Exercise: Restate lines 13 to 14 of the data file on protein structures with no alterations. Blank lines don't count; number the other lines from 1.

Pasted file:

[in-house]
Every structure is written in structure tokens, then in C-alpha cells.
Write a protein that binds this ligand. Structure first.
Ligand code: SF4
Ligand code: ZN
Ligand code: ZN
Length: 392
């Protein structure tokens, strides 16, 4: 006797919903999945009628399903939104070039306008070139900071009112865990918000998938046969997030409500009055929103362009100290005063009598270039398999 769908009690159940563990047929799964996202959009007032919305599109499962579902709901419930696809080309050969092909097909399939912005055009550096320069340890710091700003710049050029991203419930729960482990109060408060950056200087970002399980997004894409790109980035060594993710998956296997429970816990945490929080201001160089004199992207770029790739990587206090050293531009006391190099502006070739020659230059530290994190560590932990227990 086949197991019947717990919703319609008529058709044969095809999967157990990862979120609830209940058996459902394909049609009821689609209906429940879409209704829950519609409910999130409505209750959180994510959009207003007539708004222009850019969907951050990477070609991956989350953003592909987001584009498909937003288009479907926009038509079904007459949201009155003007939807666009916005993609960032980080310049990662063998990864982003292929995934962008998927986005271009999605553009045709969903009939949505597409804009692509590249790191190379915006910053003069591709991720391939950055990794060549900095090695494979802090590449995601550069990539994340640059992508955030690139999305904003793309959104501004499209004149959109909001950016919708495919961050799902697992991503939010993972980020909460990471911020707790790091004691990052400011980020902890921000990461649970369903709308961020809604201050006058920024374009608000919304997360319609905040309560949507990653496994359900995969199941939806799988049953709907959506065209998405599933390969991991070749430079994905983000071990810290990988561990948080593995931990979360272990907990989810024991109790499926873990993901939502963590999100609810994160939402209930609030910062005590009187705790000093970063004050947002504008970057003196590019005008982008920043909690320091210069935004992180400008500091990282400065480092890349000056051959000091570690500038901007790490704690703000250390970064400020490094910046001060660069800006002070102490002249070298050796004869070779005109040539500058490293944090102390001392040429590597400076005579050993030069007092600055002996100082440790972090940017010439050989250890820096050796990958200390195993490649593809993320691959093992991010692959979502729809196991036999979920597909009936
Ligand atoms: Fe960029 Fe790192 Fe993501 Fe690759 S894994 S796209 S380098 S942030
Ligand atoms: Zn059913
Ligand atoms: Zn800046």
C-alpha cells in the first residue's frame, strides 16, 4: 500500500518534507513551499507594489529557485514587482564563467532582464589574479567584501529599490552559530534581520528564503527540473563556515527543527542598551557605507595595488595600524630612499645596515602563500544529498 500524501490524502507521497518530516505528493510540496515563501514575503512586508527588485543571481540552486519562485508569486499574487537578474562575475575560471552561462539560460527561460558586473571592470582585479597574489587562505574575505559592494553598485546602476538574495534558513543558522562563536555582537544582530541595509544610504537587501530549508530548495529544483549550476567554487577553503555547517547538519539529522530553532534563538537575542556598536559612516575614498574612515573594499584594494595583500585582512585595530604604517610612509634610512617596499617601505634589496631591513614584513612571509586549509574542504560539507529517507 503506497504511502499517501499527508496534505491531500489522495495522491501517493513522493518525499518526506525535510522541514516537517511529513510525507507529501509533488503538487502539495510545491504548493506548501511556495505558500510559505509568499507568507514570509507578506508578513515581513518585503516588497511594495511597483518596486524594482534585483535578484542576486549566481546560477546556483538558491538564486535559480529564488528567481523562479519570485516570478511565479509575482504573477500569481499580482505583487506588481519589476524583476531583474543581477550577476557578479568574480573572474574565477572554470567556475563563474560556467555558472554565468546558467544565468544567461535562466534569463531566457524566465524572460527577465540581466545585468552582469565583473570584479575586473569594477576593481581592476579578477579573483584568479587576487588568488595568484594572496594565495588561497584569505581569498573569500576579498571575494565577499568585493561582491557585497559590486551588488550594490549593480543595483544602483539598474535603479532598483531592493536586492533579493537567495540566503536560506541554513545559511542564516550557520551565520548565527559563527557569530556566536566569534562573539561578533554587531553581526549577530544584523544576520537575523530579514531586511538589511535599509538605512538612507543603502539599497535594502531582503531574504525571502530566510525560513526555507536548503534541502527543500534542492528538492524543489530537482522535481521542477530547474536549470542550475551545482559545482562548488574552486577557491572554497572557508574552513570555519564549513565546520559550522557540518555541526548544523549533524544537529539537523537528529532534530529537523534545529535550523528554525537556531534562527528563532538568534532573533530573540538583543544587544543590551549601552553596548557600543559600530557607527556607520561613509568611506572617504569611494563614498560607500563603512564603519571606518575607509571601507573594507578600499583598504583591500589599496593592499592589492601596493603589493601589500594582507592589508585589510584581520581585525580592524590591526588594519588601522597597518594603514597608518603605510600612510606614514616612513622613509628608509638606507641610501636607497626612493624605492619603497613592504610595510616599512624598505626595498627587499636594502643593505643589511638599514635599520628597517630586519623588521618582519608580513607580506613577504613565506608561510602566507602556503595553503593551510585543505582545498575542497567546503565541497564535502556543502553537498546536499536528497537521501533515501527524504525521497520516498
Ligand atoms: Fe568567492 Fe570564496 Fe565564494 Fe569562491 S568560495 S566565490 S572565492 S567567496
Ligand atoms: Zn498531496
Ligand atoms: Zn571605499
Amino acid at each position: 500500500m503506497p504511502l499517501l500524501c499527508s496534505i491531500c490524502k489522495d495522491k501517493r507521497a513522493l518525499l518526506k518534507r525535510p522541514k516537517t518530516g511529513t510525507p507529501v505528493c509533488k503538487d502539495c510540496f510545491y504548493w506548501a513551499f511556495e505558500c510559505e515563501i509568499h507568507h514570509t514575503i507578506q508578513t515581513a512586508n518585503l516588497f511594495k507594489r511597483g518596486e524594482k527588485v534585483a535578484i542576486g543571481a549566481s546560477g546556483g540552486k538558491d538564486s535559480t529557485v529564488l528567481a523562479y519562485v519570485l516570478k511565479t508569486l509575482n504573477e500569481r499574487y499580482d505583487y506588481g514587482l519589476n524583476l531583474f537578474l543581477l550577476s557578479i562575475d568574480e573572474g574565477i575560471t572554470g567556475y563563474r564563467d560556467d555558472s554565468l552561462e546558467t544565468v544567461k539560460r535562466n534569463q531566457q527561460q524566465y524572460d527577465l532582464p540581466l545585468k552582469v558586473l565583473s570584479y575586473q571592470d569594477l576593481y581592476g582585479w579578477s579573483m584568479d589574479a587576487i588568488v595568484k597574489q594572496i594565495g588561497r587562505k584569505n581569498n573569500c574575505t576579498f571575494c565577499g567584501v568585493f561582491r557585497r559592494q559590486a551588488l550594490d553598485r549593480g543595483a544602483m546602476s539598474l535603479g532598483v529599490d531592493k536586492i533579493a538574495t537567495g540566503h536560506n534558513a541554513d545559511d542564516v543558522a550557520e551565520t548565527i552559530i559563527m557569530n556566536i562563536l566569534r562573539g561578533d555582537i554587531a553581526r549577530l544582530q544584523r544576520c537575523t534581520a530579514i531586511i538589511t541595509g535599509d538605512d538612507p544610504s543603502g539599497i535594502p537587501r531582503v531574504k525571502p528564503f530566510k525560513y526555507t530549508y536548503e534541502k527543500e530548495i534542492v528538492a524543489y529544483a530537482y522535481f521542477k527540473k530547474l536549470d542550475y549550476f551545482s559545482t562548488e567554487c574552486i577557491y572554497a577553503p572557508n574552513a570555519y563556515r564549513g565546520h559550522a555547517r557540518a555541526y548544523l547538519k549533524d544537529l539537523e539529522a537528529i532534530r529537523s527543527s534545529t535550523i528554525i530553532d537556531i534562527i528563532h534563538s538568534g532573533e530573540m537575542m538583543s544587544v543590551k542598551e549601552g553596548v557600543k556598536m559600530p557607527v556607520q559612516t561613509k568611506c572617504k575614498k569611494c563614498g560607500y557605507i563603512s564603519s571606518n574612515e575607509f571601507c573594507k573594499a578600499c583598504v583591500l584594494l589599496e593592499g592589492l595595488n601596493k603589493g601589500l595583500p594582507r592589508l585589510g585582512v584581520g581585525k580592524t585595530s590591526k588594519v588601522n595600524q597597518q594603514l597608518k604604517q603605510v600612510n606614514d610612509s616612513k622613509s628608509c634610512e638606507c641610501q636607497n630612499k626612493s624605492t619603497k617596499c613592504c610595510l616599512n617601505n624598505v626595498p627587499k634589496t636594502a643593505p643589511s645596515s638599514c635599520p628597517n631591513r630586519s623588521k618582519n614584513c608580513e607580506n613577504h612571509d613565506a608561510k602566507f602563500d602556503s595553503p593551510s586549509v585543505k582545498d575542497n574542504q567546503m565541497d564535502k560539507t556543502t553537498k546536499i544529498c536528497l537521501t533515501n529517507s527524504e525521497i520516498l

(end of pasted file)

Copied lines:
Ligand atoms: Fe568567492 Fe570564496 Fe565564494 Fe569562491 S568560495 S566565490 S572565492 S567567496
Ligand atoms: Zn498531496